Everyone can think of something in his or her neighborhood that needs fixing. Whether it be potholes on the main highway, overfilled dumpsters, or even graffiti on schools, we can easily name the issues. The problem is getting them fixed, especially when local government seems unresponsive to complaints.
With the advent of the webtool SeeClickFix.com, however, it is now easy for citizens to not only use technology to file these reports, but also to hold their local authorities accountable for responding to them.
Founded in 2008 by Ben Berkowitz and three fellow co-founders, SeeClickFix has fixed over 75,000 neighborhood issues in 25,000 towns (both in the U.S. and abroad) and has 80 government partners. Essentially, SeeClickFix allows you to type in your zip code, anonymously file a public report about a non-emergency issue, and then post this issue for the community and local authorities to see. After the complaint has been filed, SeeClickFix automatically emails the anonymous citizen to inform them that their complaint has been received. Other features of the site include the ability to upload a picture of the complaint, to vote/comment on other issues posted, and to draw watch areas on a Google map for further monitoring.
In addition to the site, SeeClickFix has an app for smart phones that uses GPS tracking to enable citizens to report issues and upload photos from their phones. SeeClickFix has also incorporated new media platforms into the fold: the SeeClickFix Facebook app allows users to file reports on the app, but also adds a gaming aspect by allowing people to earn civic points for reports they file. On Twitter, SeeClickFix tweets updates about the site and allows users to Tweet improvements and issues. Expansion to new technological platforms has given SeeClickFix the ability to empower more people to engage with their local governments in an interesting and updated way.
SeeClickFix definitely has the capacity to be very beneficial to neighborhoods; one question, however, remains: “Is the site being used?”
While SeeClickFix has particularly strong usage in cities such as New Haven and Philadelphia, it has not gained as much popularity in other areas. This may be because citizens are not yet aware of it, or because other local governments may already have similar contracts with other entities. However, the site is increasingly gaining credibility. About 60% of issues reported on SeeClickFix are actually being resolved and as it continues to generate results, its potential to appeal to more users will also grow.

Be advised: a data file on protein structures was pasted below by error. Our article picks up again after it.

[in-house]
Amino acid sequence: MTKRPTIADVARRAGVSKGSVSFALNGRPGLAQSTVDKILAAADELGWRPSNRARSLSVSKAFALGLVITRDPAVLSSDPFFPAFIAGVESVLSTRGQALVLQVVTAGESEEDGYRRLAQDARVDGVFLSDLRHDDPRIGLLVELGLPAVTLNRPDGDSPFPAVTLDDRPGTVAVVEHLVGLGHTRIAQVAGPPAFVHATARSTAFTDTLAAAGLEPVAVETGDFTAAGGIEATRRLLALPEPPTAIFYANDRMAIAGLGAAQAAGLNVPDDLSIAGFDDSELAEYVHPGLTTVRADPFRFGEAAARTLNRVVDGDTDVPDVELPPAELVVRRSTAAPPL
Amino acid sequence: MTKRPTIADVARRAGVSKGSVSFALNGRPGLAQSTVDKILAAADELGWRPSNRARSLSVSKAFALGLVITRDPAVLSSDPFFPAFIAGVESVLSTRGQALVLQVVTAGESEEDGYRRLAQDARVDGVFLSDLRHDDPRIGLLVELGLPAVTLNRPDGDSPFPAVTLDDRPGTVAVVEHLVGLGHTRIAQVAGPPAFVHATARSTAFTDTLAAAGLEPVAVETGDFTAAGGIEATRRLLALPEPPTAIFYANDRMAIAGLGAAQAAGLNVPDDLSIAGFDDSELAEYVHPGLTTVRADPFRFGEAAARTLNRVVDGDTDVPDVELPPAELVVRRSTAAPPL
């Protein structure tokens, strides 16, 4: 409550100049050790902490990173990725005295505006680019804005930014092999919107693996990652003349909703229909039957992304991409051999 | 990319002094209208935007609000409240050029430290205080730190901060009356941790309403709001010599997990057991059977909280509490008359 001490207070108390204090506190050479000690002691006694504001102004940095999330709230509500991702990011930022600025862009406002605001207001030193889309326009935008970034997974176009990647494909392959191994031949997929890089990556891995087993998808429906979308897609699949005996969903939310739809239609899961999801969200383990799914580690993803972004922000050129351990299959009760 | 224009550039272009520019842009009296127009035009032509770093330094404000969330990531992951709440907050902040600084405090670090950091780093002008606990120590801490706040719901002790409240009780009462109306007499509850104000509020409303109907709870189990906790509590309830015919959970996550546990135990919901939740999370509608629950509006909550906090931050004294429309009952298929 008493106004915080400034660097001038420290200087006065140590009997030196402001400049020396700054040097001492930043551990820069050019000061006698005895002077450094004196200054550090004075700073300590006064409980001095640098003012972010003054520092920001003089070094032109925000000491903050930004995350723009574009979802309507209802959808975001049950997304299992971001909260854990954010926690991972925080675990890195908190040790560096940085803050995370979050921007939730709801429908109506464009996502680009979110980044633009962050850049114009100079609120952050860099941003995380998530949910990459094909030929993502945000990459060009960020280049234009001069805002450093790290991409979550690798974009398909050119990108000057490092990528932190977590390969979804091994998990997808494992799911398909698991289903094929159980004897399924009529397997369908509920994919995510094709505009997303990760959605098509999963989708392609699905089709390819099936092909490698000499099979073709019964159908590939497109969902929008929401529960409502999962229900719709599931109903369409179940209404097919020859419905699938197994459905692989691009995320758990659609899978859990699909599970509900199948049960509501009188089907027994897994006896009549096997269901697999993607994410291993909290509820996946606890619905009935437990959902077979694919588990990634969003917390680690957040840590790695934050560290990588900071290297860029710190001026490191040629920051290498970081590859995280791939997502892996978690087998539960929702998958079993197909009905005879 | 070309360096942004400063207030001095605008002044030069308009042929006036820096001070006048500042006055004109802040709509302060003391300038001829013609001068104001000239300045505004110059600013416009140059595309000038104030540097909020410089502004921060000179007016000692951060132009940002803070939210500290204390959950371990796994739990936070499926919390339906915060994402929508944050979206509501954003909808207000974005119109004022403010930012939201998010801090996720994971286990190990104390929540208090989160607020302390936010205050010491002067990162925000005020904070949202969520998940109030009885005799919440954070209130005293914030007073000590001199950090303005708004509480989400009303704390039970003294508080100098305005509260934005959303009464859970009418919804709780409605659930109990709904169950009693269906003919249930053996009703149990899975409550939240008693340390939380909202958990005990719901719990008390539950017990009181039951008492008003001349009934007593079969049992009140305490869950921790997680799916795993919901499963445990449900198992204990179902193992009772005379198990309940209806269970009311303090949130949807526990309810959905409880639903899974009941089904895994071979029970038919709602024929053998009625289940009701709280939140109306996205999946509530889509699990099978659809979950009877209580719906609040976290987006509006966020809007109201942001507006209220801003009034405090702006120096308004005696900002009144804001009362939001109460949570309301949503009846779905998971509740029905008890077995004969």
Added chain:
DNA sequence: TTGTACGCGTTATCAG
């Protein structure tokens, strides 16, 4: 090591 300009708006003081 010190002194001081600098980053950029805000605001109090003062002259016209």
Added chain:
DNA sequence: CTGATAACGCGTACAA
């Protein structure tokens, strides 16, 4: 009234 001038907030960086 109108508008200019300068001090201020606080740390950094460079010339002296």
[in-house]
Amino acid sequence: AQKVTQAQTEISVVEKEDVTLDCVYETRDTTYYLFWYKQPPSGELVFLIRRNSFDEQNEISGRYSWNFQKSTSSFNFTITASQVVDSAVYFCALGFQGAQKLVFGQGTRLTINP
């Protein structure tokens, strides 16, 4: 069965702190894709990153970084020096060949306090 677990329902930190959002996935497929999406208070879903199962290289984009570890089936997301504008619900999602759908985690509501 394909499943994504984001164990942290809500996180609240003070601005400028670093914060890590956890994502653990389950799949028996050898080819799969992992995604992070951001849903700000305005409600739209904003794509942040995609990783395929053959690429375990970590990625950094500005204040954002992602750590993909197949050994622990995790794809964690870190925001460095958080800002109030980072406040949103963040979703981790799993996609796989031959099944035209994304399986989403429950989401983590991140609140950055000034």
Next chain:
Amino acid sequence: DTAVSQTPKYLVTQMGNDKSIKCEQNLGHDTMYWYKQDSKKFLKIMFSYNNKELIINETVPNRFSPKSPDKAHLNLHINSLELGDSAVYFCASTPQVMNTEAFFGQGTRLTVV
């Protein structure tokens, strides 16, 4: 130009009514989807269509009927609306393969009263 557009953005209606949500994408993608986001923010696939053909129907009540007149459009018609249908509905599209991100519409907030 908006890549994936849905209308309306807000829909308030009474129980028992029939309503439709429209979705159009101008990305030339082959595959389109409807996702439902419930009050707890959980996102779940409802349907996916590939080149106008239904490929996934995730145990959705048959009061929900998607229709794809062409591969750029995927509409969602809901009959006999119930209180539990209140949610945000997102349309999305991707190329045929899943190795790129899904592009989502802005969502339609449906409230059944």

Another question may be, “How is SeeClickFix different from similar sites such as FixMyStreet or Street Advisor?” What really seems to make SeeClickFix effective and different is the fact that it creates collaboration between citizens, communities, government, and the media. The ability to report anonymously encourages more people to file complaints and the fact that everyone can see that these reports are being made increases transparency. The public forum puts pressure on the local governments to respond. Just as importantly, SeeClickFix lets the local authorities know what people want to see changed. After all, local governments may not know what needs being fixed unless someone tells them. In this respect, SeeClickFix increases dialogue between cities and its constituents.
In addition, SeeClickFix allows a form of citizen journalism because issues that citizens report can become the basis of local media stories. News media outlets following SeeClickFix can uses the citizen reports as sources for stories and the press coverage also helps encourage government responses to neighborhood issues.
Although only in its fourth year of operation, SeeClickFix definitely appears to have the potential to be a primary way for citizens to communicate with their local governments. Its ability to expand and incorporate new media platforms will help it to reach more cities and help more people. As SeeClickFix continues to expand and put cities back in citizens’ hands, the possibility of becoming a national 3-1-1 service certainly is within reach.